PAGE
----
Down at Ricketts Mill Drew and I have been planting reed beds and these are settling down well. We’ve managed to keep most of the geese away because these pull up the reeds as fast as we plant them. Once the reeds are rooted and the beds thicken up, some geese will be welcome. We have harvested most of the reeds from the Penllynin lake but Drew has been successful at growing phragmites from seeds. Ross and the fencers started last week. Modern fencing uses only very weak chemical preservatives and rot away quickly so Drew has been busy soaking them in creosote for extra protection before they go in. The fence is designed to stop mink, otters and foxes getting in and to prevent beavers getting out, and will enclose about nine acres including four ponds. But it will be another couple of years or so before the habitat has developed enough to support beavers. In restoring ecosystems one has to work from the bottom up, literally. So bringing the raw clay exposed lake bed to life is the first task, with suitable plants that can host increasing populations of invertebrates that in turn will become food for predators such as dragonflies and kingfishers. Beavers of course are strictly vegetarian. At the moment they are targeting lush herbage but spend a lot of time steadily eating bramble leaves.
With this wet weather, the ground has gone soft again so I have taken the opportunity to plant out a number of trees that we have pot grown, or self-sown birches growing on the tracks that would otherwise get topped off. I’m under-planting areas of woodland that are suffering from ash dieback. The dying ash trees are acting as nursery trees for the new small trees and by the time the ash is completely dead the new trees will be waist high and on their way. We are leaving most of the ash to rot where they stand, but one or two big hedgerow trees will need taking down in the winter. Others seem unaffected so let’s hope we have some resistant ones here able to re-colonise.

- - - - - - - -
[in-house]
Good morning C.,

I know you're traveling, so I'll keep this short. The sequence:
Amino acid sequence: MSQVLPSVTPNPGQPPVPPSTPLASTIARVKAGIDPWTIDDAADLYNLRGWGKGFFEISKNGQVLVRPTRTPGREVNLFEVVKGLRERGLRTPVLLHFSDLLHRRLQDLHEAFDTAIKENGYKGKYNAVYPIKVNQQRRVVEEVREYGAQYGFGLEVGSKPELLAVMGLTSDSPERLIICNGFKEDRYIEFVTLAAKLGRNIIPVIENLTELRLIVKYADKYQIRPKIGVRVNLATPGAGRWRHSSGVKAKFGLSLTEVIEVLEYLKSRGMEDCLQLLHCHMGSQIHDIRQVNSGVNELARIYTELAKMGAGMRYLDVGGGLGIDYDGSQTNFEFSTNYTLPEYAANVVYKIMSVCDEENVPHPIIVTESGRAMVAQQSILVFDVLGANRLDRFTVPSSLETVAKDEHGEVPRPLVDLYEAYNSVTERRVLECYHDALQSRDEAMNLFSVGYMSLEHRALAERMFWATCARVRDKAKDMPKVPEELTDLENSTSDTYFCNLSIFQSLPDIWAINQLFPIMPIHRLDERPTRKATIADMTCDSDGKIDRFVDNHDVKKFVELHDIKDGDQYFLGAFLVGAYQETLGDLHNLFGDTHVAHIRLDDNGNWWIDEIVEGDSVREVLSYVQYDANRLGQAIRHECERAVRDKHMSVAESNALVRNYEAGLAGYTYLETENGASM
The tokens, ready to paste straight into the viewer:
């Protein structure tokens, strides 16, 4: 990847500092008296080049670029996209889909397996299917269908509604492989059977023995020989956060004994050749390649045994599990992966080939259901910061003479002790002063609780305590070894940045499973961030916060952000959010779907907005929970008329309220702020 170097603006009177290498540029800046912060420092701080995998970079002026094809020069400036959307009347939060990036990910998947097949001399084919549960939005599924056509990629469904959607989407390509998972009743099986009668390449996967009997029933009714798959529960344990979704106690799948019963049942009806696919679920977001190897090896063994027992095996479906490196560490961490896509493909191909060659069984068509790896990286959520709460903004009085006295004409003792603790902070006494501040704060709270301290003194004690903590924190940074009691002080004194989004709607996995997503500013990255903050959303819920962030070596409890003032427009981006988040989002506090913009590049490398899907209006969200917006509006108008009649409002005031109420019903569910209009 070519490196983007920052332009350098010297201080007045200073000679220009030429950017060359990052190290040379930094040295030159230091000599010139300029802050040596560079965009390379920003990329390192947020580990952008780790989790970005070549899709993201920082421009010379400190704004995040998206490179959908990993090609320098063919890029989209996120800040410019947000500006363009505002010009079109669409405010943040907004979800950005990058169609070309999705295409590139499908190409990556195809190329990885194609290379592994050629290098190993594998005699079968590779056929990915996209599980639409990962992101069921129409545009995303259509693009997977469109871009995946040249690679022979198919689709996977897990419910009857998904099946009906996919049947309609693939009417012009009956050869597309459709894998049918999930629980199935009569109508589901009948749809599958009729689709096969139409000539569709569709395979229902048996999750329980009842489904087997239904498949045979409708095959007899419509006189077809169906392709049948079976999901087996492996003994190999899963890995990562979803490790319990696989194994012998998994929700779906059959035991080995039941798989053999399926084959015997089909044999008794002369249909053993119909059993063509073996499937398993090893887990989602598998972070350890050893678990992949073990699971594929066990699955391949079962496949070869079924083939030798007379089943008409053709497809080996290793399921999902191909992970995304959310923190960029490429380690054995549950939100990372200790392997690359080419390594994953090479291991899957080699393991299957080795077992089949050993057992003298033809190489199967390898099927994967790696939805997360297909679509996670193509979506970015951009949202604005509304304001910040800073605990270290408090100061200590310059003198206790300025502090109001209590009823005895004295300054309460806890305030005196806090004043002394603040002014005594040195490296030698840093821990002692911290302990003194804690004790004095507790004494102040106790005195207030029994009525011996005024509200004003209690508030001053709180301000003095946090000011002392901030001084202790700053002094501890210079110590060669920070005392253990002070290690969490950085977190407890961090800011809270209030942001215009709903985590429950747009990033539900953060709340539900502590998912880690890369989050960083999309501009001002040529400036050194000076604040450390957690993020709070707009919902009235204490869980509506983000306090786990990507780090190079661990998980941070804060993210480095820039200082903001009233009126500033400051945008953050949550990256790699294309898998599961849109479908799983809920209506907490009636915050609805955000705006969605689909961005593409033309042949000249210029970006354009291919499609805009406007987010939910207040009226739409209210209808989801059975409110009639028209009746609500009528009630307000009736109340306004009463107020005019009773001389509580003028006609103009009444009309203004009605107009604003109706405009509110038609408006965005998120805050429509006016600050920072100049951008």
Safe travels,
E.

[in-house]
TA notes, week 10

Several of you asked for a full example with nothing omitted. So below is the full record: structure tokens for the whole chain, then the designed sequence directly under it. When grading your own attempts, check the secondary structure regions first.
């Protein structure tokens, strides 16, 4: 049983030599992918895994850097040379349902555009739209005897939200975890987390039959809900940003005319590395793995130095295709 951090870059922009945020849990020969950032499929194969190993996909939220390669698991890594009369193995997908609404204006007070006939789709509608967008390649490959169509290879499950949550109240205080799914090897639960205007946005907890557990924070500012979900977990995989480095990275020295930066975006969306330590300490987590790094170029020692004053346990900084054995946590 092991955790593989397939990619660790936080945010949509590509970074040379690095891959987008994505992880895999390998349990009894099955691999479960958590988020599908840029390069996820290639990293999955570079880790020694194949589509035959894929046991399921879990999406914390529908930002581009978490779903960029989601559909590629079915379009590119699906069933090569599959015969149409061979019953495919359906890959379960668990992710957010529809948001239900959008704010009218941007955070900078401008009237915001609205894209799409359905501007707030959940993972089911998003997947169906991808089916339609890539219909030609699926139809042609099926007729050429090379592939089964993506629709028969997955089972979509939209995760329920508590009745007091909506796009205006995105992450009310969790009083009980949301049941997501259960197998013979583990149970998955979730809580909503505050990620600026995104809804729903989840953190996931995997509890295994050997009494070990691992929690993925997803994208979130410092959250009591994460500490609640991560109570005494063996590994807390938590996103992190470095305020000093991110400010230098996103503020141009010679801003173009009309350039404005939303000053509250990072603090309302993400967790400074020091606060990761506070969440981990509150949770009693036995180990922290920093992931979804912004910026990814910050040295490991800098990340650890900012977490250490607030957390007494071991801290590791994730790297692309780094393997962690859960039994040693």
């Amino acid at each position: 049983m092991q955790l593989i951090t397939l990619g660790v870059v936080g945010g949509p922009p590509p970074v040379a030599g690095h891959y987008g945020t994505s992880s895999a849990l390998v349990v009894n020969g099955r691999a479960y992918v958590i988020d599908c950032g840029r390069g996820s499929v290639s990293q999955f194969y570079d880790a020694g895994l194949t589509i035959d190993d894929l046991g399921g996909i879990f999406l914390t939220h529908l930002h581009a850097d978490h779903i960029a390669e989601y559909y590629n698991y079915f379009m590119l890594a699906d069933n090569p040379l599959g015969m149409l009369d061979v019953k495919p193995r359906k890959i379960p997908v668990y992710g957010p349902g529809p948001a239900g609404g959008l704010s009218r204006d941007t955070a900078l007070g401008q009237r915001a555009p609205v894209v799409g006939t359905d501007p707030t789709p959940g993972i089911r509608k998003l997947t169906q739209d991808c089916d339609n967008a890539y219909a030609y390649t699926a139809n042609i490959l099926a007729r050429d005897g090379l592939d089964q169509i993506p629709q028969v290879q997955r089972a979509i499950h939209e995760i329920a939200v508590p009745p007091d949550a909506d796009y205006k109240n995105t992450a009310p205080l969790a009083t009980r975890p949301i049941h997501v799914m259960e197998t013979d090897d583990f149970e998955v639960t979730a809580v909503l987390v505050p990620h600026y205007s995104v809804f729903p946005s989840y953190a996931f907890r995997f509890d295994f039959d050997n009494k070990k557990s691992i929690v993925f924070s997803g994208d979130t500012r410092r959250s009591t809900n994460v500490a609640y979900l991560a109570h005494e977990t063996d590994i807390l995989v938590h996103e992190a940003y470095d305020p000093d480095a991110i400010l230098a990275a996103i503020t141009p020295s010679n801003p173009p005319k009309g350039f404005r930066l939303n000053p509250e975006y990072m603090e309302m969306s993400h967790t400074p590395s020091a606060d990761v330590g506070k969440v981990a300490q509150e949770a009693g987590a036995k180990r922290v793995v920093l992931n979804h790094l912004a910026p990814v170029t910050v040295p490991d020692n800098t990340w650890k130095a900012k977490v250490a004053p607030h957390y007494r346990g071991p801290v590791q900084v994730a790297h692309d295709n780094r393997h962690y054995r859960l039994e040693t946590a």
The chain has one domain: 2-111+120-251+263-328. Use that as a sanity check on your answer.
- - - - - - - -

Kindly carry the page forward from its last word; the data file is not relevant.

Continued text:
Here on the farm we have a tiny vestigial piece of upland, it’s tucked away on a bank alongside a farm track and is so tiny you’d barely notice it. There are a few tufts of heather, some rowans and a fair sprinkling of blaeberries. It’s wonderful to see the tiny berries starting to appear but I’m pretty sure the birds will beat me to them (and so they should of course) but it would be nice to find the odd one or two they’ve missed.
With this dry spell the water level in one of the beaver ponds has dropped considerably and it’s a great chance to see how beautiful is the sub surface construction of a beaver dam. It doesn’t show too well in the photograph but the face is beautifully sculpted and faced with clay. The thickness of the bottom of the dam is so much greater than the top ensuring the water pressure at depth does not cause a breach. Amazing what instinct can do!